The taxonomy of the Leafy Greenhood has been the subject of recent debate. It is now recognised that there are three distinct taxa amongst the earlier taxonomic grouping of this species. All three were once considered to be the one species. Currently, two form (coastal and montane) are recognised as comprising the Leafy Greenhood, and the third form is considered likely to eb a separate species. These distinct taxa are:

  • Coastal form: Pterostylis cucullata (coastal) originally described from Tasmania. This form is now extremely rare in Victoria and thought to be extinct in South Australia (Dell & Bester 2006).
  • Montane form: Pterostylis cucullata (montane) is a tall subspecies from forests in inland Victoria and South Australia (TSU 2001).
  • Barrington Tops: A closely related taxon, Pterostylis sp. aff. cucullata (Barrington Tops), also known as Pterostylis sp. (Harden 1993), grows in some NSW sub-alpine vegetation and is yet to be formally described. All P. cucullata plants within NSW are most probably referable to P. sp. aff. cucullata (Barrington Tops) (Dell & Bester 2006).

The Enigmatic Greenhood, P. aenigma, which is listed as Endangered under the EPBC Act, is related to the montane form of the Leafy Greenhood, P. cucullata, and is now considered to be a different species (Dell & Bester 2006).

Historically some confusion has occurred due to some Leafy Greenhoods being misidentified as the related species Pterostylis mackibbinii and some plants identified as the Leafy Greenhood which were actually P. dubia (Dell & Bester 2006).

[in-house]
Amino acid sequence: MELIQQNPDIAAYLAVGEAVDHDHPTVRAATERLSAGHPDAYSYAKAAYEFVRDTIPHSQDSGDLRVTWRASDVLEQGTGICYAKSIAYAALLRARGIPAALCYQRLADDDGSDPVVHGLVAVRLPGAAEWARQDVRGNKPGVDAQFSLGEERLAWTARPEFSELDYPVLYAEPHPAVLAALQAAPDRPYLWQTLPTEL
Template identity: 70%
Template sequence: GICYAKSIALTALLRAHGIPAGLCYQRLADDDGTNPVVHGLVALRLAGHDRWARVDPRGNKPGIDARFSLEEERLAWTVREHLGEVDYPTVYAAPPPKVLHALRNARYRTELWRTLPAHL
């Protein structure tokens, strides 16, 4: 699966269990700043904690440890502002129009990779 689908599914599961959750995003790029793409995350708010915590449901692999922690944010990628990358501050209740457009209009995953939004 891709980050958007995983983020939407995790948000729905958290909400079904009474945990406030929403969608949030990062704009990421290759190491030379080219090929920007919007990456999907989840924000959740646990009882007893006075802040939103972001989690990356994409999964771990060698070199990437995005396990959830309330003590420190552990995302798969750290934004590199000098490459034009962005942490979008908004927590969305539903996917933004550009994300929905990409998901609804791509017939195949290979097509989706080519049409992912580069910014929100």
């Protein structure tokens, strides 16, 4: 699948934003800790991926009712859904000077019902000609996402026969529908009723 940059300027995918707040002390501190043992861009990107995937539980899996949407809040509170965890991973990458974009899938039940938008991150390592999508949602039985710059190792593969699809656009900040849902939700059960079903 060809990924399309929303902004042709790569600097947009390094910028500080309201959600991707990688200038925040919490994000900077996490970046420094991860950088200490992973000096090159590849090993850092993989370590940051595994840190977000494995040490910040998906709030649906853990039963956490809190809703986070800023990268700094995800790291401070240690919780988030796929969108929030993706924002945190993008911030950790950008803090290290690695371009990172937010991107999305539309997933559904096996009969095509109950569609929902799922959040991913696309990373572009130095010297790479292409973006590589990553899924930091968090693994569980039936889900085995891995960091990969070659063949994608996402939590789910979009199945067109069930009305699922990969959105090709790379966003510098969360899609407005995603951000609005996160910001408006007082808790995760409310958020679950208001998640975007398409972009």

The Leafy Greenhood belongs to a group of orchids whose flower forms a distinctive, green, hood-like structure, known as a galea; hence their collective name of 'Greenhoods'. Greenhood orchids share other characteristics such as; they grow in the ground; have fleshy tubers which are replaced each year; have a rosette of leaves which they shed each year; and are pollinated by male fungus gnats and mosquitoes (insects of the families Mycetophilidae and Culicidae respectively) (Bishop 1996).

The Leafy Greenhood is distinctive amongst the Greenhood orchids because of its large fleshy leaves that are typically in a loose rosette surrounding the stem and large flowers (30–40 mm long) with bright reddish-brown colourations in the sinus and hood (Jones et al. 1999).

Floral Structures
Leafy Greenhoods produce a single, semi-nodding greenhood up to 40 mm long and 12–15 mm wide (Bramwells 1993). This hood is translucent white with green stripes on top (the dorsal sepal), whilst the sides of the hoods (petals) are a reddish-chocolate brown. The lower part of the flower resembles a fork-like structure due to a deep notch between the chocolate brown lateral sepals (Jones 1998d).

Distinctive features of this species' flower include that the hood is erect for ¾ of its length and then curves forward (downward) in a semicircle and ends in a blunt point (Backhouse & Jeanes 1995; Jones et al. 1999) and that the modified petal (labellum) appears as a short brown tongue within the hood (Backhouse & Jeanes 1995). In the related species P. sp. aff. cucullata (Barrington Tops) the top of the hood is horizontal and does not curve downward like the Leafy Greenhood, and has a broader, more strongly curved labellum (Bishop 1996).

Vegetative Characters
The Leafy Greenhood has a thick, basal rosette of three to seven fleshy dark green leaves that can appear cabbage-like (Backhouse & Jeanes 1995; Jones et al. 1999). In Tasmania, the leaves have also been recorded growing up the stem (Jones et al. 1999). Plants are deciduous and become dormant during summer (Dell & Bester 2006).

Tubers of Leafy Greenhoods from Mornington Peninsula populations can grow up to 19 mm and produce replacement tubers each year, irrespective of whether the plant has produced leaves during that season (Mawson pers comm., as cited in Dell & Bester 2006). Leafy Greenhoods from Mornington Peninsula have shown that there is a relationship between tuber size and re-shooting/flowering time, with larger tubers shooting earlier (Dell & Bester 2006).